The majority acknowledged that the Supreme Court has “. . . recognized limits to § 101 and every discovery is not embraced within the statutory terms. Excluded from such patent protection are laws of nature, physical phenomena and abstract ideas.” Diamond v. Diehr, 450 U.S. 175, 185, 209 USPQ 1, 7 (1981). The majority pointed out, however, that the examiner had not taken the position that claim 1 is directed to a law of nature, physical phenomena, or an abstract idea, the judicially recognized exceptions to date to 35 U.S.C. § 101, but that he had found a separate “technological arts” test in the law and had determined that claim 1 does not meet this separate test. The majority pointed out that the examiner had found the separate “technological arts” test in In re Musgrave, 431 F.2d 882, 167 USPQ 280 (CCPA 1970); In re Toma, 575 F.2d 872, 197 USPQ 852 (CCPA 1978); and Ex parte Bowman, 61 USPQ2d 1669 (Bd. Pat. App. & Int. 2001) (non-precedential).
The majority then reviewed these three cases, and found that they did not support the examiner’s separate “technological arts” test, stating as follows:
Our determination is that there is currently no judicially recognized separate “technological arts” test to determine patent eligible subject matter under § 101. We decline to create one. Therefore, it is apparent that the examiner’s rejection can not be sustained.
The majority acknowledged APJ Barrett’s suggestion in his concurring-in-part and dissenting-in-part opinion that the Board enter a new ground of rejection of the claims under 35 U.S.C. § 101 as not being directed to statutory subject matter for different reasons than those expressed by the examiner. However, the majority declined to do so because in their view the proposed new ground of rejection would involve development of the factual record, and thus they took no position in regard to the proposed new ground of rejection. Accordingly, the majority reversed the decision of the examiner.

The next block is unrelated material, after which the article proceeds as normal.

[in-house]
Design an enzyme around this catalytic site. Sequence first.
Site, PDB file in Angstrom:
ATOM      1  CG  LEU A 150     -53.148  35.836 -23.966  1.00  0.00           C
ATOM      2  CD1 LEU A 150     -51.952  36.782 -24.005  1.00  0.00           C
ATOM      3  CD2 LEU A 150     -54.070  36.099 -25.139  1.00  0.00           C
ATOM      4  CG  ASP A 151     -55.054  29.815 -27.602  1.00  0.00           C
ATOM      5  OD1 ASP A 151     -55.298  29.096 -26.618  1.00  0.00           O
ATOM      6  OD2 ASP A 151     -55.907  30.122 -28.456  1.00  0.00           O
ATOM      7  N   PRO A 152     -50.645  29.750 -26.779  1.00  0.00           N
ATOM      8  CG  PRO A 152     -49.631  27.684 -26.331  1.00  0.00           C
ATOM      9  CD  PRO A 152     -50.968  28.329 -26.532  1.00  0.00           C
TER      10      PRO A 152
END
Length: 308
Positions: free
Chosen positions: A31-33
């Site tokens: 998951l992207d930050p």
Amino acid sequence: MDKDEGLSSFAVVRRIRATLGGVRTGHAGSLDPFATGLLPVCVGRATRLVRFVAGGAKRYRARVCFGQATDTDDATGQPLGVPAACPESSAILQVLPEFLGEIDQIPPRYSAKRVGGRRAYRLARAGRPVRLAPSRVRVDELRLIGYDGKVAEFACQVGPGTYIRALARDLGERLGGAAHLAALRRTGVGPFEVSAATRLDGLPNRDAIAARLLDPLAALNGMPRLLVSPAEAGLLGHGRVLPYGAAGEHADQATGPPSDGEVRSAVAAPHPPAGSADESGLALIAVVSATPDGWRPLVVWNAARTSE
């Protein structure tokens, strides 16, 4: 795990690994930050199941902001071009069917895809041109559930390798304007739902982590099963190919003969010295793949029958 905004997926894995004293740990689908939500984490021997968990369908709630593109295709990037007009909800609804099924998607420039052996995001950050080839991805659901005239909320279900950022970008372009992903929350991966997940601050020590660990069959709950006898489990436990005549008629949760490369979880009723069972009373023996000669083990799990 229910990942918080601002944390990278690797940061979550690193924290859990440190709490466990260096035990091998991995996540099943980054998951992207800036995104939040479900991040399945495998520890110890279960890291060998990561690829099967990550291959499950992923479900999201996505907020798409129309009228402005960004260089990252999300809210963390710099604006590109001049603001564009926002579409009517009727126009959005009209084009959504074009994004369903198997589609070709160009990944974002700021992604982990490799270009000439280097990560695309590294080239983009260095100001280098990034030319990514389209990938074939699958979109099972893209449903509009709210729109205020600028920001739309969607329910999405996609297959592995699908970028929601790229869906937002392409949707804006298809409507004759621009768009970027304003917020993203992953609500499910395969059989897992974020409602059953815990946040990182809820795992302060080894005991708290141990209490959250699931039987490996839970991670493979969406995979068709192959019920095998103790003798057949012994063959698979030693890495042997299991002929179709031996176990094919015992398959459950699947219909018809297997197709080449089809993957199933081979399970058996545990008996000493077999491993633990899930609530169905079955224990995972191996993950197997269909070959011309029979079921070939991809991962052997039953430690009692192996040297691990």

Strenuous Dissents Show Division On Board on What Constitutes Patentable Subject Matter
In a five-page dissenting opinion, APJ Jerry Smith took the position that the issue presented by the examiner was one of first impression, and disagreed with the majority’s apparent position that all categories of non-statutory subject matter have been established (i.e., laws of nature, physical phenomena, and abstract ideas).
APJ Smith warned the majority that their position that essentially anything that can be claimed as a process is entitled to a patent under 35 U.S.C. §101 “opens the floodgate for patents on essentially any activity which can be pursued by human beings without regard to whether those activities have anything to do with the traditional sciences or whether they enhance the technological arts in any manner.” APJ Smith took the position that the appropriate forum for deciding the question at issue in this case is the federal judiciary, and urged that the examiner’s rejection be sustained so that the federal judiciary will have a chance to decide the question. He also joined APJ Barrett in urging the Board to enter a new ground of rejection under 35 U.S.C. 101.
In a massive sixty-five-page single-spaced concurring-in-part and dissenting-in-part opinion, APJ Barrett agreed with the majority that there is no separate “technological arts” test. However, in an exhaustive legal analysis of statutory subject matter reaching back to the British Statute of Monopolies of 1623, 21 Jac. 1, ch. 3., APJ Barrett vigorously dissented with virtually every other statement made by the majority and concluded that claim 1 is not directed to statutory subject matter under 35 U.S.C. § 101 for numerous other reasons, and urged that the Board enter a new ground of rejection under 35 U.S.C. § 101 for those reasons.
A copy of the case can be found at Ex parte Carl A. Lundgren, Appeal No. 2003-2088 (Bd. Pat. App. & Inter., heard April 20, 2004, decision issued October 2005) (precedential).